Welcome to African Fashion Weekly

with backs to the camera, workers sit at sewing machines in a clothing factory in Indonesia
Rio Lecatompessy, 2020

Around September 2018, I sat down for a briefing with Kelly Fung in the corner of a photo studio. She was shooting what would be one of her last covers as editor of Elle South Africa (only we didn't know that yet). We talked about a 10-page investigative feature chronicling the decline of South African contemporary designer fashion in recent years – how we'd lost the promise and success of Lalesso, Tiaan Nagel, Loin Cloth & Ashes, and more. Our timeline would have started with the first Elle x Mr Price New Talent competition, detailing how fewer work opportunities, limited and fractured infrastructure, shrinking manufacturing facilities, and a lack of global integration were failing local designers. Before I'd scheduled my first interview, their publisher's troubles began, and Elle was gone.

For a while before that, I'd found myself having the same conversation with people in the industry over and over. It followed me to Johannesburg when I moved here from Cape Town in 2019. We came at it from different perspectives and had different concerns, but we all agreed on one thing: We weren't having the right conversation about South African fashion in particular, and African fashion in general. We were revisiting the same issues with no solutions. Years were passing and we weren't saying anything new. The conversation we needed to be having was the one Kelly and I had hoped that article would start.

At the same time, I could see people making it work all around me: Small brands and young designers using careful, agile moves to fight their way through the tough market conditions we've always had and the pandemic that threw us all off course. From the staying power of the likes of Leigh Schubert and Rubicon Clothing to the thrill of Thebe's LVMH Prize win, things felt different.

The truth is, beneath this hopeful surface and for all the newly built resilience, we can't say if the landscape today is any healthier than it used to be, because we don't know anything about how healthy the businesses that make it up are until it's too late. I'm hoping to help us change that with this newsletter, African Fashion Weekly.

It will take on more structure over time, but at its core, this newsletter is about providing on the ground news and insight for and about Africa's fashion industry. It's a sometimes observational, sometimes analytical lens, focused on solutions and how people are making their businesses work, on the strategic decisions and various outcomes behind the headlines. African fashion deserves good business coverage, and I intend to give it a shot.

In between when the idea was first hatched and now, I collected a few career firsts, I started a different newsletter, I attempted to squash all uncertainty with surveys (and didn't trust the results), I curled up into a ball (literally and figuratively) when the world closed and kept closing, I began rebuilding my faith alongside my ambition, I froze with impostor syndrome in a way I almost never do, I procrastinated, I battled insecurity, I clawed back what I could of my money and myself from the pandemic's shrinkage and finally, I ran out of excuses.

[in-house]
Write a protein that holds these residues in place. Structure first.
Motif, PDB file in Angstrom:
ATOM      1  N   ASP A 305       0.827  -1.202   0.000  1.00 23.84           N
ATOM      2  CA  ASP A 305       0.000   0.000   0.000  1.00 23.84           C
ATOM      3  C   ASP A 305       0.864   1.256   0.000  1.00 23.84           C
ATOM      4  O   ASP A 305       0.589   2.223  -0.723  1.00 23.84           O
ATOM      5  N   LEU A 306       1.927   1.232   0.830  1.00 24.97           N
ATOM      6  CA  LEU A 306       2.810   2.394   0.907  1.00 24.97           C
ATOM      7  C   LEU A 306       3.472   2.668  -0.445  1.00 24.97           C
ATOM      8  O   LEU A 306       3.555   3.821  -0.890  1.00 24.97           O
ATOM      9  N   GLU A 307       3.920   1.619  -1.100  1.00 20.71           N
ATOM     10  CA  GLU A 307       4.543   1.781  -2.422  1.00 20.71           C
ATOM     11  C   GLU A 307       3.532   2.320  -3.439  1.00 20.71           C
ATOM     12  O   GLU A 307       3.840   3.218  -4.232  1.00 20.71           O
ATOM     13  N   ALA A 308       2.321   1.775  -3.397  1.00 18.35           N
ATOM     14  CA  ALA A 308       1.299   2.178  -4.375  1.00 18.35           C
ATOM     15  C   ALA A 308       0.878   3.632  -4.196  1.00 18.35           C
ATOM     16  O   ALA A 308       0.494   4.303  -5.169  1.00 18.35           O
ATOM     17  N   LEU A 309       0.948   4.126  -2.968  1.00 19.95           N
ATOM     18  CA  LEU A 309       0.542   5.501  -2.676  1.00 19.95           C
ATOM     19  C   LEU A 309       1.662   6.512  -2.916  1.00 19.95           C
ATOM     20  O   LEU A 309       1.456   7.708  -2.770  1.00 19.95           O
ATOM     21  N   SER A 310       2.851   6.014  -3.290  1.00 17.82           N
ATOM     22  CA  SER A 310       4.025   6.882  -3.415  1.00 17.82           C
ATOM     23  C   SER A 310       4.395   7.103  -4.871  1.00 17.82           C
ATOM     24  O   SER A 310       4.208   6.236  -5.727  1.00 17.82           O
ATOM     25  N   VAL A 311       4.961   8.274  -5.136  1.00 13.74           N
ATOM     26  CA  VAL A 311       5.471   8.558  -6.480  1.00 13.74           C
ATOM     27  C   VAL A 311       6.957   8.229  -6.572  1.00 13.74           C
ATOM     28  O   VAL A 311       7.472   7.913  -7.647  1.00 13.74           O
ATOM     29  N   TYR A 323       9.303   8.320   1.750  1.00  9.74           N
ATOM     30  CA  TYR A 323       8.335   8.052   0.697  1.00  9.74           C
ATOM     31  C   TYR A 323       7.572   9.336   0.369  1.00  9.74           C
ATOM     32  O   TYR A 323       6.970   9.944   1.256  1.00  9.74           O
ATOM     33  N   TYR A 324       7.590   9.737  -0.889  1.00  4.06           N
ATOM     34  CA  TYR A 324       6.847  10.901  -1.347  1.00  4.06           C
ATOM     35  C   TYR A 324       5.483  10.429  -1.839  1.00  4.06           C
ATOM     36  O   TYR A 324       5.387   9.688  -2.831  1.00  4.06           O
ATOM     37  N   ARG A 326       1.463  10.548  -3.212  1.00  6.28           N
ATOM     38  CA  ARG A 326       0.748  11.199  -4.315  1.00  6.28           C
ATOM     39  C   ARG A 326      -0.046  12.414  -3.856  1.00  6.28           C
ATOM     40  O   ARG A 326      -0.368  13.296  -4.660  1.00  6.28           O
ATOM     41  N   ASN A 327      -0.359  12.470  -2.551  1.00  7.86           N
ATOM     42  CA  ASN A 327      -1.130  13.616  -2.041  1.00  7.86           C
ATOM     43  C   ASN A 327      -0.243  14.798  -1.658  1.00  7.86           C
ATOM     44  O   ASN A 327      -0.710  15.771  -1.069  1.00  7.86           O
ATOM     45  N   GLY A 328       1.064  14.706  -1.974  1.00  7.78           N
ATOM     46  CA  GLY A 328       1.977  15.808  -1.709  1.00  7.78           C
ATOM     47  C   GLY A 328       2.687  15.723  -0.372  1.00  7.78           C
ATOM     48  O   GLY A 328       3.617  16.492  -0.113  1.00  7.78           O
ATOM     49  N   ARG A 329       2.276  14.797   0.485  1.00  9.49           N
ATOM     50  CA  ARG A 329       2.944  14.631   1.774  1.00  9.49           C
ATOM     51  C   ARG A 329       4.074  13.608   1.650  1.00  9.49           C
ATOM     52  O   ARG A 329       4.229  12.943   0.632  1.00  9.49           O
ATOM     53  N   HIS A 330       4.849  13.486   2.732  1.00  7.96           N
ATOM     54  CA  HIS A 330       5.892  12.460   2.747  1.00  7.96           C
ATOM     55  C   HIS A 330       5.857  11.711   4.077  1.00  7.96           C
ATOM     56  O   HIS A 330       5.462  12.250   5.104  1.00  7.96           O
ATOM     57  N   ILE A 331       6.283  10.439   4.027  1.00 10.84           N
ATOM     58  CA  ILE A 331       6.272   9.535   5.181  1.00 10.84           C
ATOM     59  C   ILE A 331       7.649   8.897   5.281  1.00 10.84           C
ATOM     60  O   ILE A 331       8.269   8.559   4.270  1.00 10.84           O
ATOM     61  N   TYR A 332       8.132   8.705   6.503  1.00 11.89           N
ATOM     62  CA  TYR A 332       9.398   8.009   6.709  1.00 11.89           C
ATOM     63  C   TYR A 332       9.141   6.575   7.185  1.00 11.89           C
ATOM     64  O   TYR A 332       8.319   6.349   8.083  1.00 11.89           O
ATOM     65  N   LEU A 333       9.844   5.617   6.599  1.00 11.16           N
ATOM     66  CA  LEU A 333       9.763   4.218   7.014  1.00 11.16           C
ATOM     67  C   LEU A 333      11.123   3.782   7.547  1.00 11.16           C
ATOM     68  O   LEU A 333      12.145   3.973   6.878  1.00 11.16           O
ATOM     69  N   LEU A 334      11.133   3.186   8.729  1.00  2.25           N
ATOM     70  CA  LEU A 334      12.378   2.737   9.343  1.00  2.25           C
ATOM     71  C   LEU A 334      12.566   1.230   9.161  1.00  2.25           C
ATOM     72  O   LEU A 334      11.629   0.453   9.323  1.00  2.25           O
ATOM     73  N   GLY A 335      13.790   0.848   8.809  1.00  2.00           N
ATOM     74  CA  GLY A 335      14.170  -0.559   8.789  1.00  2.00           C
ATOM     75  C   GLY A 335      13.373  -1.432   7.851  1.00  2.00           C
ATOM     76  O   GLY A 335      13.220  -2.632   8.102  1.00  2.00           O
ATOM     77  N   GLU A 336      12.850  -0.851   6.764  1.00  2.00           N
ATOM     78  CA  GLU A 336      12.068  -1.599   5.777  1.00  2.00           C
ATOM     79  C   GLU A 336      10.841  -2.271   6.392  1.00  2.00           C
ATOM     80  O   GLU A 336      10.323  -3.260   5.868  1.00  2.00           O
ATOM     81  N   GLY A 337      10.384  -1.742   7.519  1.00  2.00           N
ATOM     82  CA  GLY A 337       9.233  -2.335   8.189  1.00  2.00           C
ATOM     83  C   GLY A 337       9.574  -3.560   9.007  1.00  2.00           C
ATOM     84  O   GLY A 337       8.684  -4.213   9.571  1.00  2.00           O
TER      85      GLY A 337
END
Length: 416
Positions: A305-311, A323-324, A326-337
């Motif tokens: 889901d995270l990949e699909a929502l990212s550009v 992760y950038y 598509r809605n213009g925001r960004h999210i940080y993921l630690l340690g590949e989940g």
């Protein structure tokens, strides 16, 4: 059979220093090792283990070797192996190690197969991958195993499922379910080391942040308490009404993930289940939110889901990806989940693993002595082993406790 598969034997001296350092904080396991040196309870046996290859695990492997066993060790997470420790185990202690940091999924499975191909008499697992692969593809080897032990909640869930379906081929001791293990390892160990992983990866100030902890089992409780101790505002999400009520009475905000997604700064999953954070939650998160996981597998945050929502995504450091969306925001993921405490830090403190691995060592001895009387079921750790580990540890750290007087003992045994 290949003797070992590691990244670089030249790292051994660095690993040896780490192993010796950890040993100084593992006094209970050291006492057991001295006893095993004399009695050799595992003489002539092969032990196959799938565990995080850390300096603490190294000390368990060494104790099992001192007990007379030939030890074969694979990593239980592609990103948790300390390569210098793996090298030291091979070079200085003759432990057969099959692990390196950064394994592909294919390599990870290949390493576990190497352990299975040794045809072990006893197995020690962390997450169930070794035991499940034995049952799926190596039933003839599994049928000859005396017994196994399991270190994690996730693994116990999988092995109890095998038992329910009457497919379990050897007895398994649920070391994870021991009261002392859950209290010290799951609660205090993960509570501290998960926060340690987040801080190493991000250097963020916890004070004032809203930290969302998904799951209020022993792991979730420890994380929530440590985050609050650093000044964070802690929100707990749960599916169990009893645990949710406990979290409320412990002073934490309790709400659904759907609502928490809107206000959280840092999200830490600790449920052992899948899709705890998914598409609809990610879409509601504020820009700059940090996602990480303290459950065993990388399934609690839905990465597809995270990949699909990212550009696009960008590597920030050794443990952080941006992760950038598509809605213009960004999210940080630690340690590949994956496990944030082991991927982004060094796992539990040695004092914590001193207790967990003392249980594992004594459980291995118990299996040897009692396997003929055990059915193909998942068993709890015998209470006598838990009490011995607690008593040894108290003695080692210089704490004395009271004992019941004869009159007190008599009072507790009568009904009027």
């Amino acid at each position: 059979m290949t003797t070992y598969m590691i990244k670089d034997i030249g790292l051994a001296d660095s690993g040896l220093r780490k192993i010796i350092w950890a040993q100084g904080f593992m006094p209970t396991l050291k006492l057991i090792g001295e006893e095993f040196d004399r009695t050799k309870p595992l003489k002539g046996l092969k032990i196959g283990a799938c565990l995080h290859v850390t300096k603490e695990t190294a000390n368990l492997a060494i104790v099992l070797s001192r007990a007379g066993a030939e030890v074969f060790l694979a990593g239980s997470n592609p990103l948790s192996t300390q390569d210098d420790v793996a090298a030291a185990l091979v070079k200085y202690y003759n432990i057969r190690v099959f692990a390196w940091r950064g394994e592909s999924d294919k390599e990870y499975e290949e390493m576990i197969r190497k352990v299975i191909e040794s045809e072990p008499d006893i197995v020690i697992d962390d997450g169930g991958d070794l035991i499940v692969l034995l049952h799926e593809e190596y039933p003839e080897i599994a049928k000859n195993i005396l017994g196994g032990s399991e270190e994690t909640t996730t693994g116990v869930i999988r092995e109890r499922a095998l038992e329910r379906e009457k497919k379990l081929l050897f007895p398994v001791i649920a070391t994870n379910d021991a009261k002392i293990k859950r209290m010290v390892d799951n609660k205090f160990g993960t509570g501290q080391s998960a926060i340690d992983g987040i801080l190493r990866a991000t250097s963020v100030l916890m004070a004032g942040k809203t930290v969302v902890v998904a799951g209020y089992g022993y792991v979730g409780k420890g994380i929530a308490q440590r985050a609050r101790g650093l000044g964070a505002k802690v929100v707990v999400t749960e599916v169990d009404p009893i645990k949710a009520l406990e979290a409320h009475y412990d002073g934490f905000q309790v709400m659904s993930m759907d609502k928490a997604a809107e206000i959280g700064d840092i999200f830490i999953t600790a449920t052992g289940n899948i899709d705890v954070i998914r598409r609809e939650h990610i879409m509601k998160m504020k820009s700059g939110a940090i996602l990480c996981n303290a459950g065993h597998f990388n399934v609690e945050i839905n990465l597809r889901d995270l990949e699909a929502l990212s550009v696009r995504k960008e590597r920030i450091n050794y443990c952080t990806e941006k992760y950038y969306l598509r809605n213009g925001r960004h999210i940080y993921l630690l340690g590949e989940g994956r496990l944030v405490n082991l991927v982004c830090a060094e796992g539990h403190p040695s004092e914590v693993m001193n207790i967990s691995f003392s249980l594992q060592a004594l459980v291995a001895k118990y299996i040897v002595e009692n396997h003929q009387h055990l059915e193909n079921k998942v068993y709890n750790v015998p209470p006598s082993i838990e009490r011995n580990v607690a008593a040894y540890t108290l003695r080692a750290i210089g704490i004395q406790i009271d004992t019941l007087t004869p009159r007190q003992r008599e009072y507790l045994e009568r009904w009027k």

The next few months will be a long test, so expect things to change and change again. To start, I'm committing to one original story a week, long or short, along with a handful of relevant links, and we'll take it from there. This took me forever to get around to, and while I'm determined to hold myself accountable, I welcome your help.

A disclaimer: For now, the stories will be mostly from South Africa. It's the market I'm in, and the one I know best after 8 years working here. Nigeria will follow as soon and as often as possible. Kenya's likely next, but I'll follow your lead.

So! Now what?

  • Tell a friend, would you? A buyer, a retail executive, an indie designer, a fashion-tech founder, a fashion student. You can just copy this link above and send it to them. Please & thank you.
  • After that, do me the favour of telling me what you need from this project in this survey, and asking the friends you've shared it with to do the same. Your details will only be used to contact you regarding your answers, if needed, and will not automatically add you to the subscriber list (you can opt in at the end if you'd like, or hit the green button in the lower right corner of this page).

That's everything, so I will see you all next Thursday morning. And the one after that.

With thanks,
Modupe Oloruntoba

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